My boss dresses a bit more relaxed than the rest of our office. Can I follow her lead or should I stick to the corporate look?

Lisa: If you’re wise, you’ll always tune in to what your boss wears. That doesn’t mean becoming a clone, it’s about tone. Don’t compromise your love of clothes but never out-dress her.

Do shoes and bags matter? What should they convey?

Lisa: A: Obviously B: That you know what’s modern, stylish,you’re organised, practical and pristine.

Desk draw essentials for post-work preening?

Lisa: Hairbrush, hairspray/dry shampoo (whatever it takes to zhush up your hair), a toothbrush and toothpaste, and, if it’s been a long day, some cleansing wipes and moisturiser so that you can start again. I also keep my favourite jewels in my bag - big earrings are probably more of a pick-me up, and certainly more noticeable than heels.

Does it matter what coat you wear?

Lisa: Your classic work coat should be a paragon of stylish cutting and fabric. Save the bells, whistles and leopard print for weekends.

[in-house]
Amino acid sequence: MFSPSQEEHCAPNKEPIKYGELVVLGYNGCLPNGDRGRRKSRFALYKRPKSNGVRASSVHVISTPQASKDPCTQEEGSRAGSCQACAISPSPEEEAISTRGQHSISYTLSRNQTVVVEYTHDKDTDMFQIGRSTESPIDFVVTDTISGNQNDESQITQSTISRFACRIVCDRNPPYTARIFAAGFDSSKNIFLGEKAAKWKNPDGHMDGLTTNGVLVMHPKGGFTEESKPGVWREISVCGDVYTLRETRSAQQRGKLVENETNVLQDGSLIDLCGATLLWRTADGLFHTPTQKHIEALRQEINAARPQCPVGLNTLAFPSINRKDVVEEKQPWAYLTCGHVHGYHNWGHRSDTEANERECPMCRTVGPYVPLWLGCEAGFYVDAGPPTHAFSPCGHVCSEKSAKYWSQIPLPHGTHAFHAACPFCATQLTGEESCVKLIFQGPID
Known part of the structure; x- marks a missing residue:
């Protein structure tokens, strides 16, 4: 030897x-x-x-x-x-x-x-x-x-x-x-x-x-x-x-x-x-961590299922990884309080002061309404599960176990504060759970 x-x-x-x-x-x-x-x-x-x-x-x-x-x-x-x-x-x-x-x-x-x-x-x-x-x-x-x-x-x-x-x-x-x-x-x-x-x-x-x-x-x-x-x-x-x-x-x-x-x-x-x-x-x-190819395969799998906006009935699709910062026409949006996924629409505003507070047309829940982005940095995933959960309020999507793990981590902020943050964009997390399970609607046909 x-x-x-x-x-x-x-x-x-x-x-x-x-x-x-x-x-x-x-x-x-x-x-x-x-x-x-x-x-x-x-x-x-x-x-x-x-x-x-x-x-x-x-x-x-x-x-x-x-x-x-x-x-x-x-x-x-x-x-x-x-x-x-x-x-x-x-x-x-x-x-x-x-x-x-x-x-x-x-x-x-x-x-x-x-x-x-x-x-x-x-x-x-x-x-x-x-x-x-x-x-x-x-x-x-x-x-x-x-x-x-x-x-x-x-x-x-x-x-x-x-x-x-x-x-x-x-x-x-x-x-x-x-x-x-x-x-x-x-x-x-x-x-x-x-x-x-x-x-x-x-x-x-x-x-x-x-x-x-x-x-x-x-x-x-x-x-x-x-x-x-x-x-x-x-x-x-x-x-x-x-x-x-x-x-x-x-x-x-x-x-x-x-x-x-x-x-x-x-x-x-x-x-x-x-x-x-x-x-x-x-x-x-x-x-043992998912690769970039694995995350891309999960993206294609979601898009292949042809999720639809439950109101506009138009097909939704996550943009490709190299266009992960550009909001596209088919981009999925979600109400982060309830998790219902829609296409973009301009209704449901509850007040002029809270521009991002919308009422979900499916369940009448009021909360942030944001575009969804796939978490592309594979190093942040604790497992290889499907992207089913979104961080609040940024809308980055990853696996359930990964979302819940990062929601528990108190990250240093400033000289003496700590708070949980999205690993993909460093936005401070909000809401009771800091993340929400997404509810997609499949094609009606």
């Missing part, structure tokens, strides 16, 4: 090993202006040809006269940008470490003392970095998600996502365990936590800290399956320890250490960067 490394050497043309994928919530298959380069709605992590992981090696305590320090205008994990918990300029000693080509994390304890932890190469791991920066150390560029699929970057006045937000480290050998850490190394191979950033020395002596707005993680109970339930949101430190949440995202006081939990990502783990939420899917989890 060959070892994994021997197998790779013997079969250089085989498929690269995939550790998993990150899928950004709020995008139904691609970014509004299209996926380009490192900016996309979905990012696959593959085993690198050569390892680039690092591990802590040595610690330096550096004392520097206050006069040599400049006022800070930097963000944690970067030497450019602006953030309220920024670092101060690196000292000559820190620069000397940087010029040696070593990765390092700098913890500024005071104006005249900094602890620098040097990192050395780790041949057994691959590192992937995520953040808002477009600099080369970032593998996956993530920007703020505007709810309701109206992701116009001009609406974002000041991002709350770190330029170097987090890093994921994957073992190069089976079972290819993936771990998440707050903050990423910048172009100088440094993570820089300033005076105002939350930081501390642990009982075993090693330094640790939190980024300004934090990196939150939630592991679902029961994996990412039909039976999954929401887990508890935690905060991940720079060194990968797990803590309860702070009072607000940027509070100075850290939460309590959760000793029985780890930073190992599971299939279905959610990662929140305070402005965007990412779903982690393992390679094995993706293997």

Who does the most comfortable heels - that you can actually wear all day, and don’t cost a fortune?

Victoria: I would argue that comfort in footwear comes at a price; I’ve never found a high street heel I can stand in all day. I love Aquazzura and Chloe for their mid-heel court shoes (wait for the sale).

Is it better to stick to a 'work uniform’ or try new things?

Annabel: A core uniform which is easy to assemble and wear and smart in appearance works best. The core - jackets, trousers, skirts - needs to be in neutral colours (navy, black, grey) which act as a base. Camel is not really an office colour, and only wear white blouses or tops (not dresses or bottoms).

Anna: A 'uniform’ is a useful thing to have but can be monotonous and boring. There is no reason not to have a variety of outfits you feel good in and ring the changes according to your mood. A new jacket, dress, trousers or skirt all boost confidence.

Does having a blowdry make a difference?

Mary: Absolutely. It will always make you look chicer and pulled together because we can’t reach the back of our heads. When a celebrity or royal goes travelling they don’t take a make-up artist, they take their hair-dresser with them. That says it all.

How do you make sure expensive leather soled shoes last?

Natalie: My cobbler knows me by my first name. When I’ve worn new leather soled shoes twice they go straight to have rubber soles put on. It preserves them.

What’s a fail safe tip?

Lisa: A good jacket/light coat - if your shoulder line is tailored and neat the rest of the outfit can be quite drapey or flow-y and still look business like.

I look quite young - even though I’m in my mid-thirties - people always think I’m much younger and inexperienced. How should I dress to look more grown up so I’m taken seriously?